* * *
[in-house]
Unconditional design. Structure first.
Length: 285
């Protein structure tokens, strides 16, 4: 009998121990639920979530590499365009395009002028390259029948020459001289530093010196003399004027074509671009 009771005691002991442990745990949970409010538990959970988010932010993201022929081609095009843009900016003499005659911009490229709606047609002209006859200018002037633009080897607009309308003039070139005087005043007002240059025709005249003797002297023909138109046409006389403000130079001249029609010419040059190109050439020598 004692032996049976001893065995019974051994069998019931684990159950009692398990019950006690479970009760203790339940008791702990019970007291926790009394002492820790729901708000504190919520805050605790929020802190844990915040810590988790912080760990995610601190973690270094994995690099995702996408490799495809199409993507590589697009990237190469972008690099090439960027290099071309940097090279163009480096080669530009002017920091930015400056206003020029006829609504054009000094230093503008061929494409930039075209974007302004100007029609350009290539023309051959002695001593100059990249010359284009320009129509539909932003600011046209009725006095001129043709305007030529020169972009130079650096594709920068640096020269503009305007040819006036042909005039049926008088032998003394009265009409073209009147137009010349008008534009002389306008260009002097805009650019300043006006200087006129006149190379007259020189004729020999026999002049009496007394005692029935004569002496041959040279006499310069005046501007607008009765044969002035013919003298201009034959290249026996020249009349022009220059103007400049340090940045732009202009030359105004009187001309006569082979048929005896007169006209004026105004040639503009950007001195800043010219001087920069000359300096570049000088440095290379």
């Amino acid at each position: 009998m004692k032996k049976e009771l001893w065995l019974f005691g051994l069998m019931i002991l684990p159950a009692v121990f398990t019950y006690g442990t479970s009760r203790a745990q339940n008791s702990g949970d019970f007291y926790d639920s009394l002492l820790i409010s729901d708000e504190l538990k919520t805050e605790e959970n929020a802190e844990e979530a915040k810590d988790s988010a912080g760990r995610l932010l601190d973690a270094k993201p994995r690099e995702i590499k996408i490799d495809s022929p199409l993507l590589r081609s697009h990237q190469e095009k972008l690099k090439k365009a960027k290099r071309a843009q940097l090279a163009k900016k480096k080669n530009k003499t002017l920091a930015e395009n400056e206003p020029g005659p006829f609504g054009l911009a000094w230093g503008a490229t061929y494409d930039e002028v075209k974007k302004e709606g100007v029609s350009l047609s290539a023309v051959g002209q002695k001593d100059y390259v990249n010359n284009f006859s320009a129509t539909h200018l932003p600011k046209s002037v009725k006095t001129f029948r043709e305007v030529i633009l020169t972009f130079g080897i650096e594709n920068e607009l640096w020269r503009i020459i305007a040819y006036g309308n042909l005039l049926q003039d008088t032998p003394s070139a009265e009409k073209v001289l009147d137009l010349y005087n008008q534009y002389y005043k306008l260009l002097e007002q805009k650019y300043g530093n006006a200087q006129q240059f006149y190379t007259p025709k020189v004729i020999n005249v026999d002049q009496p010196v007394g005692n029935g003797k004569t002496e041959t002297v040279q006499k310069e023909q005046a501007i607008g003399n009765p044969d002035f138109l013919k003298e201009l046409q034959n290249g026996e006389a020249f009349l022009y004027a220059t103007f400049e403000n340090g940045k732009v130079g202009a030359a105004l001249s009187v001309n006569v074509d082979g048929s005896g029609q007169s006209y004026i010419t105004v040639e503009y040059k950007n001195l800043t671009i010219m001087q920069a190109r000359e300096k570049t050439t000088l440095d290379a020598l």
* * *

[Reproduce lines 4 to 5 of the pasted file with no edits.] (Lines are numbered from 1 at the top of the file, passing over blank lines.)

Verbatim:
């Protein structure tokens, strides 16, 4: 009998121990639920979530590499365009395009002028390259029948020459001289530093010196003399004027074509671009 009771005691002991442990745990949970409010538990959970988010932010993201022929081609095009843009900016003499005659911009490229709606047609002209006859200018002037633009080897607009309308003039070139005087005043007002240059025709005249003797002297023909138109046409006389403000130079001249029609010419040059190109050439020598 004692032996049976001893065995019974051994069998019931684990159950009692398990019950006690479970009760203790339940008791702990019970007291926790009394002492820790729901708000504190919520805050605790929020802190844990915040810590988790912080760990995610601190973690270094994995690099995702996408490799495809199409993507590589697009990237190469972008690099090439960027290099071309940097090279163009480096080669530009002017920091930015400056206003020029006829609504054009000094230093503008061929494409930039075209974007302004100007029609350009290539023309051959002695001593100059990249010359284009320009129509539909932003600011046209009725006095001129043709305007030529020169972009130079650096594709920068640096020269503009305007040819006036042909005039049926008088032998003394009265009409073209009147137009010349008008534009002389306008260009002097805009650019300043006006200087006129006149190379007259020189004729020999026999002049009496007394005692029935004569002496041959040279006499310069005046501007607008009765044969002035013919003298201009034959290249026996020249009349022009220059103007400049340090940045732009202009030359105004009187001309006569082979048929005896007169006209004026105004040639503009950007001195800043010219001087920069000359300096570049000088440095290379």
């Amino acid at each position: 009998m004692k032996k049976e009771l001893w065995l019974f005691g051994l069998m019931i002991l684990p159950a009692v121990f398990t019950y006690g442990t479970s009760r203790a745990q339940n008791s702990g949970d019970f007291y926790d639920s009394l002492l820790i409010s729901d708000e504190l538990k919520t805050e605790e959970n929020a802190e844990e979530a915040k810590d988790s988010a912080g760990r995610l932010l601190d973690a270094k993201p994995r690099e995702i590499k996408i490799d495809s022929p199409l993507l590589r081609s697009h990237q190469e095009k972008l690099k090439k365009a960027k290099r071309a843009q940097l090279a163009k900016k480096k080669n530009k003499t002017l920091a930015e395009n400056e206003p020029g005659p006829f609504g054009l911009a000094w230093g503008a490229t061929y494409d930039e002028v075209k974007k302004e709606g100007v029609s350009l047609s290539a023309v051959g002209q002695k001593d100059y390259v990249n010359n284009f006859s320009a129509t539909h200018l932003p600011k046209s002037v009725k006095t001129f029948r043709e305007v030529i633009l020169t972009f130079g080897i650096e594709n920068e607009l640096w020269r503009i020459i305007a040819y006036g309308n042909l005039l049926q003039d008088t032998p003394s070139a009265e009409k073209v001289l009147d137009l010349y005087n008008q534009y002389y005043k306008l260009l002097e007002q805009k650019y300043g530093n006006a200087q006129q240059f006149y190379t007259p025709k020189v004729i020999n005249v026999d002049q009496p010196v007394g005692n029935g003797k004569t002496e041959t002297v040279q006499k310069e023909q005046a501007i607008g003399n009765p044969d002035f138109l013919k003298e201009l046409q034959n290249g026996e006389a020249f009349l022009y004027a220059t103007f400049e403000n340090g940045k732009v130079g202009a030359a105004l001249s009187v001309n006569v074509d082979g048929s005896g029609q007169s006209y004026i010419t105004v040639e503009y040059k950007n001195l800043t671009i010219m001087q920069a190109r000359e300096k570049t050439t000088l440095d290379a020598l």